Research on rare genetic syndromes is often hampered by wide geographic location of patients, access and acceptance into qualifying trials, language, and monetary restrictions. The Expanded Access Program (EAP) has served as a bridge for these patients to gain access to much needed treatments available only in clinical trials. Authorizing an EAP in general can be difficult, but this is further compounded by the current pandemic. Campaigns to promote social distancing and shelter-in-place orders have complicated how EAPs are conducted. COVID-19 has also transformed and significantly impacted the regulation set in place for these programs. Remote settings have demanded ongoing reviews of HIPAA regulations in the current medical environment.
To assess the ability for patients to comply with HIPAA regulations, and continue to receive treatment through EAPs in a remote setting.
A literature review was conducted on several studies regarding barriers to enrollment, access, revisions made to HIPAA regulations, and compliance with these regulations, amid the COVID-19 pandemic. The focus was to better understand and work towards addressing barriers to patient’s healthcare needs.
Findings suggest that the needs of patients must be at the forefront of healthcare decisions, and regulations must be adapted among the ever-changing medical environment. Changes to HIPAA regulations and clinical trial and EAP access must continue to evolve to embrace the critical healthcare needs of patients and quality of life in remote setting.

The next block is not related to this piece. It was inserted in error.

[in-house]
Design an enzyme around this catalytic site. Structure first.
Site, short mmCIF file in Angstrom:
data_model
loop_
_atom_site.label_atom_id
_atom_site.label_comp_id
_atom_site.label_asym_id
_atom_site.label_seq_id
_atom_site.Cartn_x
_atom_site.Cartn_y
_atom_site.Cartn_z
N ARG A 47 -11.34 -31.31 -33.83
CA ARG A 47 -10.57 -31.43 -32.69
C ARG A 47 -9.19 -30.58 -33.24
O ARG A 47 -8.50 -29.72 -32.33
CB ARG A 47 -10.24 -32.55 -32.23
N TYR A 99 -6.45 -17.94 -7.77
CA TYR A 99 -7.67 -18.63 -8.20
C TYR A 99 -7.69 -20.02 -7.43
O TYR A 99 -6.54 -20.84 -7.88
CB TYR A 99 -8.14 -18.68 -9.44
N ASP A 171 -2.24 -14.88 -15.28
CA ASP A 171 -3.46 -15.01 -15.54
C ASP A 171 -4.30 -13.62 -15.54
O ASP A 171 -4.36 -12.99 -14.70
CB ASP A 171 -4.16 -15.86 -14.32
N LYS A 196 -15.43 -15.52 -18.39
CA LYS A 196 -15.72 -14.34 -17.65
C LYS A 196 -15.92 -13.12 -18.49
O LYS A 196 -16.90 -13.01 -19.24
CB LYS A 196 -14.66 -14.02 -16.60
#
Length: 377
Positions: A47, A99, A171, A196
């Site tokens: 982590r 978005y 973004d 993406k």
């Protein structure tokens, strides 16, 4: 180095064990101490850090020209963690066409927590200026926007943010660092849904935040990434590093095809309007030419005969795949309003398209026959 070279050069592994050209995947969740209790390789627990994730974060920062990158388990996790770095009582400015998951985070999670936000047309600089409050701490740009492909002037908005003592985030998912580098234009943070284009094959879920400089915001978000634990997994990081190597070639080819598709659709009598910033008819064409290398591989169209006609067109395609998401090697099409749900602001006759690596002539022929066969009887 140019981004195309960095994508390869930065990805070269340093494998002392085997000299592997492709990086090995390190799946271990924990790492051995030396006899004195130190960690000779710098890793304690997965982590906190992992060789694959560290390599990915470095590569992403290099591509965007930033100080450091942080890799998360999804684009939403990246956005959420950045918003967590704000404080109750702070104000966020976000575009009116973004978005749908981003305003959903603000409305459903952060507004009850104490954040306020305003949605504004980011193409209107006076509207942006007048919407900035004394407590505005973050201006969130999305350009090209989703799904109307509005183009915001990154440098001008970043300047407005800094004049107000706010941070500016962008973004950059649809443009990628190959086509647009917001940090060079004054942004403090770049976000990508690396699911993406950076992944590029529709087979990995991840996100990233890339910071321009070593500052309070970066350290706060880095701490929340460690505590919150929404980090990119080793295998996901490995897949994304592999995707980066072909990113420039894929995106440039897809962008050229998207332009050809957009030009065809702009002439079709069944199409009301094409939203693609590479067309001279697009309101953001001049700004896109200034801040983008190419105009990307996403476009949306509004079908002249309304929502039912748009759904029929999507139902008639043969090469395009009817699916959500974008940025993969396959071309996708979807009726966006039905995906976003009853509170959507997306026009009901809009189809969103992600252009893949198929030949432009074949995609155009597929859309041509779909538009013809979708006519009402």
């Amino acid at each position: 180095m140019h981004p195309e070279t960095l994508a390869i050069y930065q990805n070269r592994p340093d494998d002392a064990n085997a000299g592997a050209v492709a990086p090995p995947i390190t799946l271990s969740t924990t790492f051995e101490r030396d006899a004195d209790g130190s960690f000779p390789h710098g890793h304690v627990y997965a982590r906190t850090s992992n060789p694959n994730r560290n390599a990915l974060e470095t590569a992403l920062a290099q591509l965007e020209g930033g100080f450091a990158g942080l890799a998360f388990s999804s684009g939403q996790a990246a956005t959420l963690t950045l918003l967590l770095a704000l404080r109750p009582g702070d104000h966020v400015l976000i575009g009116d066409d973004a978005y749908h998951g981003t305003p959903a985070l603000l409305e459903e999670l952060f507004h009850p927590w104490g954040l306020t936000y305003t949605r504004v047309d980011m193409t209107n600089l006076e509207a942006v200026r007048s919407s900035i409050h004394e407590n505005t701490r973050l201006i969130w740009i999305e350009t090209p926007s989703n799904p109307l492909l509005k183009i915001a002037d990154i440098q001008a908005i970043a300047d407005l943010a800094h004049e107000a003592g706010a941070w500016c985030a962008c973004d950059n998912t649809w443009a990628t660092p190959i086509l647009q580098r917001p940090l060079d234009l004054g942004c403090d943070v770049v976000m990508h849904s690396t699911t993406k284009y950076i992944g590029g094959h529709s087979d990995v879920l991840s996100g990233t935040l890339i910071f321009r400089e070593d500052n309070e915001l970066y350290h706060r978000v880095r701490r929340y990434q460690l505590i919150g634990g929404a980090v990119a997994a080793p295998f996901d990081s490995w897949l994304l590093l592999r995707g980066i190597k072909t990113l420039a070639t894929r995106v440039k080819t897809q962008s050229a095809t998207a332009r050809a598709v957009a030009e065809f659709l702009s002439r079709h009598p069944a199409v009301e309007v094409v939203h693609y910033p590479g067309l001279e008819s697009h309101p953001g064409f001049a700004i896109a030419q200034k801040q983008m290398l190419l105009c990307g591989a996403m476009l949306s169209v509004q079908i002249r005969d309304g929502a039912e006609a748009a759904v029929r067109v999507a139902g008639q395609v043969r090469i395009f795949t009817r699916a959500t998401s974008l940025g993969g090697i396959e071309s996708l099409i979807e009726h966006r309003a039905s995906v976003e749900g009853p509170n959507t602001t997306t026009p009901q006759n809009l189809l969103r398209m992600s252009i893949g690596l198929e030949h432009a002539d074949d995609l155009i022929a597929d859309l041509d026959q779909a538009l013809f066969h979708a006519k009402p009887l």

With the changing medical environment, there is a need to re-evaluate healthcare delivery models and the regulations for protecting patients. Although HIPAA has relaxed certain requirements, due to the restrictions of the COVID-19 pandemic, the need for reform continues, as restrictions remain steadfast. Remote care is a relatively new and blossoming field within healthcare. Much work is needed to ensure continued safety and compliance. Re-evaluating and adapting HIPAA regulations will help ensure that patients with rare genetic syndromes not only have access to much needed investigational treatments and drugs, but that decisions and plans continue to hold ethical precepts; fairness, promoting good and minimizing risk of harm.
Tracey L. Harden, M.A. International Studies
Position: Director, Quality Assurance
Sania Masoud, MPH
Position: Quality Assurance Specialist
This poster was presented at the 2021 Academy of Managed Care Pharmacy Annual Meeting, held virtually, due to COVID-19. Click here for more information on this event. To download this poster, please complete the form below.